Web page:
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Stand for Children pushes ‘Put Education First’

Stand for Children has launched a city-wide campaign to engage community members in the transition process for the merger of Memphis and Shelby County Schools.  Stand for Children has launched a city-wide campaign to engage community members in the transition process for the merger of Memphis and Shelby County Schools.

The organization’s goal is to raise awareness of the need to put education first in decision making, and to encourage residents and elected officials to engage in direct and consistent dialogue to support all children and schools.

On Saturday (July 9), Stand for Children will host a community rally and campaign kick-off event at the Towne Center located at 915 E. McLemore Ave., in South Memphis.  A series of outdoor activities – set to begin at 9:30 a.m – have been coordinated to build public interest, momentum and support to ensure the community’s voice is included in the schools’ consolidation process.

“It has been four months since our community voted to support the schools’ merger,” said Kenya Bradshaw, executive director of Stand for Children in Memphis.  

“It’s time that we take action to demand that our leaders move forward and provide a transition plan that will take into consideration the best interests of all residents,” said Chavon Davis, a Stand for Children member and parent.

Stand for Children has taken the position that the community cannot wait while the courts decide how the transition will take place. The group argues that there must be a continued community dialogue focused on the issues that impact the quality of education of all current and future students in the Shelby County.

Saturday’s events include a community rally that will begin at 11 a.m outside of the Stand for Children office.  Shelby County Commissioner Mike Carpenter and Memphis City School Board Commissioners Tomeka Hart are confirmed speakers. Adults and children in attendance will be given the opportunity to voice their opinions on local education issues. There will be free food, live music and kid-friendly activities.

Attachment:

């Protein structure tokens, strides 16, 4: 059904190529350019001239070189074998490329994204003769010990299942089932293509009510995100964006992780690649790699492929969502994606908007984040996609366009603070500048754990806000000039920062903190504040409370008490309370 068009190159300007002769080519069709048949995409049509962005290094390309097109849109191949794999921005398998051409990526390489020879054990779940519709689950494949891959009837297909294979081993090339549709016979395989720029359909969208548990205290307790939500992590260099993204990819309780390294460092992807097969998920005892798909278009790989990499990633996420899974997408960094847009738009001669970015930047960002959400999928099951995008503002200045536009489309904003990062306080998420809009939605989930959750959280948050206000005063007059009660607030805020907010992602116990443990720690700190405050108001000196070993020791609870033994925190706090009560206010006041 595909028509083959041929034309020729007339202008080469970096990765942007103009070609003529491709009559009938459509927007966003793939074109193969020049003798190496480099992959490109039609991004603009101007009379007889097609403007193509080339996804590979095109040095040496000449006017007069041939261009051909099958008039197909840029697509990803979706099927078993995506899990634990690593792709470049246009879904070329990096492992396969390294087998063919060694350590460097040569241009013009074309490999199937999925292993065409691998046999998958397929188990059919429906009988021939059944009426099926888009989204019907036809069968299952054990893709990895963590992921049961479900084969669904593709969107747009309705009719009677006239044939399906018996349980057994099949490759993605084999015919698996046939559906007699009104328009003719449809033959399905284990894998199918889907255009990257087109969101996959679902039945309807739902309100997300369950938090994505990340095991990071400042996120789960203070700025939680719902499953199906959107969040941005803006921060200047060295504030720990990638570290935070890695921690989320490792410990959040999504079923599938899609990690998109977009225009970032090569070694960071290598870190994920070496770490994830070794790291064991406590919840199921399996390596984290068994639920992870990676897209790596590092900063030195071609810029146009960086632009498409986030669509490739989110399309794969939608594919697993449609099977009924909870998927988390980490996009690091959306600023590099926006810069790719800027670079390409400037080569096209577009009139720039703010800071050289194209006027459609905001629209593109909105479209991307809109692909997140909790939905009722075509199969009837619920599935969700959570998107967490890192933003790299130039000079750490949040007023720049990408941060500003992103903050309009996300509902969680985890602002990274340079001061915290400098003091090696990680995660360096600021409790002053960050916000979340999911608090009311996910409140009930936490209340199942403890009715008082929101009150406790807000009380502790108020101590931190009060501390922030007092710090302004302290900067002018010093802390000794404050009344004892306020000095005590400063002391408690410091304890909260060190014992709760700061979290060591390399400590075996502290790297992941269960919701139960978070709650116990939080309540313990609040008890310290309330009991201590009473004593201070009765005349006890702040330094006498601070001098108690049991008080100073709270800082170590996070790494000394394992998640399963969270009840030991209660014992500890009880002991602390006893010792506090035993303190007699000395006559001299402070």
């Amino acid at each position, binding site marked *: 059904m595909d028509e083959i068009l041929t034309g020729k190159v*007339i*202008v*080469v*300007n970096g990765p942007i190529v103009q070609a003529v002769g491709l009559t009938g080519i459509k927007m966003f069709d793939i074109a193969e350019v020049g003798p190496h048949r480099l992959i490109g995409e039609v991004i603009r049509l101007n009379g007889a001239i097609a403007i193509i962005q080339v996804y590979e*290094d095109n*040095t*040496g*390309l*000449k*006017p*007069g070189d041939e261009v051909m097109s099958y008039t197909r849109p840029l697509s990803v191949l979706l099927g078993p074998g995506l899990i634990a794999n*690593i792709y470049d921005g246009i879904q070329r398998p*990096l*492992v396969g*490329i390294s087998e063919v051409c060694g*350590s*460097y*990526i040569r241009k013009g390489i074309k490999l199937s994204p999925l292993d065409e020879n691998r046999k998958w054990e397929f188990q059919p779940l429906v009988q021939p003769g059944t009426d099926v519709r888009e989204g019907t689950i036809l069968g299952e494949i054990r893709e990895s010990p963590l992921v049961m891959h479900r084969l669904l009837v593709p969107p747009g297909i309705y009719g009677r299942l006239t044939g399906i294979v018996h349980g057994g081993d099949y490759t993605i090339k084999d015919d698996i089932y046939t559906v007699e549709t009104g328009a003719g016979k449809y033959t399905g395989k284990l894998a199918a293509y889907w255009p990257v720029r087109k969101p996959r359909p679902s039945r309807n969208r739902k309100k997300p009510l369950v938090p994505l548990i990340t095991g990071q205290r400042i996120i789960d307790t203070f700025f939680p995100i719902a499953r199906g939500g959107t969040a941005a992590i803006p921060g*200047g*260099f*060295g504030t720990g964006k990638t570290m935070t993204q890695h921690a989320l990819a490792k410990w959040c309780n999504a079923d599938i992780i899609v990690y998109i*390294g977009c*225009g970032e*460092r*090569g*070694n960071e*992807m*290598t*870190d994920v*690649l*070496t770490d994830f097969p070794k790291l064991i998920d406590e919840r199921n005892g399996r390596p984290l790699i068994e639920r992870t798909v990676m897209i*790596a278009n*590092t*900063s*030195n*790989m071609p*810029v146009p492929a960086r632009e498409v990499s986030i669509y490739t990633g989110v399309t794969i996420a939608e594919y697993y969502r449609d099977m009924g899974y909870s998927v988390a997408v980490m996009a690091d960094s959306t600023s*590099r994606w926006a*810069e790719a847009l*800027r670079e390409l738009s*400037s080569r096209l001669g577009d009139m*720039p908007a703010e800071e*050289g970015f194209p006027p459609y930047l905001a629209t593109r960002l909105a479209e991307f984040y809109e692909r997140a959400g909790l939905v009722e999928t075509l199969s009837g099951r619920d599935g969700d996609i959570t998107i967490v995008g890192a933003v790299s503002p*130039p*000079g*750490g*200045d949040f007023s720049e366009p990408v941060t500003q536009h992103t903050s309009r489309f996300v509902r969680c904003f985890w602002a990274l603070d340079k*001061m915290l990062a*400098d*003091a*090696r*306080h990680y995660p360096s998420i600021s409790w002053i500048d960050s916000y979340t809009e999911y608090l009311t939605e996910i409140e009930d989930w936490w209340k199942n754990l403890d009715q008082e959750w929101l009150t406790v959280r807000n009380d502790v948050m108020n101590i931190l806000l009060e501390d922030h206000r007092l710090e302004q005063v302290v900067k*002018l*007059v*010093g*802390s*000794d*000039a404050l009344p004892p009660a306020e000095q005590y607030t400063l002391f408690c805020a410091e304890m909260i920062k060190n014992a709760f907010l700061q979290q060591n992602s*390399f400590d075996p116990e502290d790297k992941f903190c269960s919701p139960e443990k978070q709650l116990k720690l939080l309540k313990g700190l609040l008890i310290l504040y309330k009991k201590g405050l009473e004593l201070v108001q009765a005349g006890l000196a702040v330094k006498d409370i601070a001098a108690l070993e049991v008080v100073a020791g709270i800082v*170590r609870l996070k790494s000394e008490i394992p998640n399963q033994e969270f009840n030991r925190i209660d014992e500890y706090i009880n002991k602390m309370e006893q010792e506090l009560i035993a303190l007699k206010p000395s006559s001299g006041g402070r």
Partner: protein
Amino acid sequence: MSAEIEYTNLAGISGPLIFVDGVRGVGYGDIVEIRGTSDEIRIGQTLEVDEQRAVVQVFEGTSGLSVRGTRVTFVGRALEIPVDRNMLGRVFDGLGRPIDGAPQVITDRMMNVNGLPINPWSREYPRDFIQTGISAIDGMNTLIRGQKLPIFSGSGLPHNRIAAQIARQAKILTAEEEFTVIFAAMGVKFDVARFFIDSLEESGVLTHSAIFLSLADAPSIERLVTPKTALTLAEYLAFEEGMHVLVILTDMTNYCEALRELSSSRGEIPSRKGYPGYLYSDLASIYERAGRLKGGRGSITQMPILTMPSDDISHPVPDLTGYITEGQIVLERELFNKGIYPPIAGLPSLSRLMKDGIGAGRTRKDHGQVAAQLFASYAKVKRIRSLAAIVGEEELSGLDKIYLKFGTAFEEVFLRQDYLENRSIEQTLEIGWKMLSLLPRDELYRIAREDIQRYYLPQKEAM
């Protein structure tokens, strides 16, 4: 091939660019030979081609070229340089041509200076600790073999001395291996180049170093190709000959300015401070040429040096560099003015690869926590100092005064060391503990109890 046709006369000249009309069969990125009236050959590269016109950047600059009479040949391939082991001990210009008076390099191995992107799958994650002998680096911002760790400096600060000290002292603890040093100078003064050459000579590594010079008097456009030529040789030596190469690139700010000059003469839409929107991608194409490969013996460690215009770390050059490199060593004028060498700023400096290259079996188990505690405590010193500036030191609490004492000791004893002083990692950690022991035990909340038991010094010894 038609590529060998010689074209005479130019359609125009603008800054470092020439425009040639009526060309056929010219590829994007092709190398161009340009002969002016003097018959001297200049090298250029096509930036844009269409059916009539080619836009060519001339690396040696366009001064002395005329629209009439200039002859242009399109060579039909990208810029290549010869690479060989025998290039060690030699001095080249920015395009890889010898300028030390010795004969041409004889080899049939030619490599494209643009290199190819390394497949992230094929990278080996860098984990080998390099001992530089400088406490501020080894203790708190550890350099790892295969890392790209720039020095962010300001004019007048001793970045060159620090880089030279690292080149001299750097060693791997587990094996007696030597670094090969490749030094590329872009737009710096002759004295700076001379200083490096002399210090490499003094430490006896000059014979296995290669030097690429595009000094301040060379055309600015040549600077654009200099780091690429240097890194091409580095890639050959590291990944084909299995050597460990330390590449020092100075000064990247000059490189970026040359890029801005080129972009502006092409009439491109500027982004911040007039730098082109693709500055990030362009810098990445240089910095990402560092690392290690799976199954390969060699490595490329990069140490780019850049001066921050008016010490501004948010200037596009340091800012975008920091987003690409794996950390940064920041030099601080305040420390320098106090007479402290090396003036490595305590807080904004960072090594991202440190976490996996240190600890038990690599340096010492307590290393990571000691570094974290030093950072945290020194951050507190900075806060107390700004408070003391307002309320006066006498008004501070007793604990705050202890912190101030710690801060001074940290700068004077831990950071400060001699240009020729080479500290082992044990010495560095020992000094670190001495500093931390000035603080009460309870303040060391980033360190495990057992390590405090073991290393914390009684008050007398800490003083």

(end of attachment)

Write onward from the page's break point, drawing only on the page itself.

Stand for Children has also launched a new website (www.puteducation first.org) that will serve as an online forum. It is designed to empower residents to stay updated on the transition and remain engaged in the work that will need to be done to support students during and after the consolidation.

“The decisions that will be made over the next few months are critical, and our community cannot lose sight of the magnitude and importance of this issue,” said Bradshaw. “We are inviting anyone that is interested in learning more about how they can support the movement to put education first to join the campaign.”

(For more information, call Mark Sturgis, Stand for Children Organizer, at 901-336-8696.)

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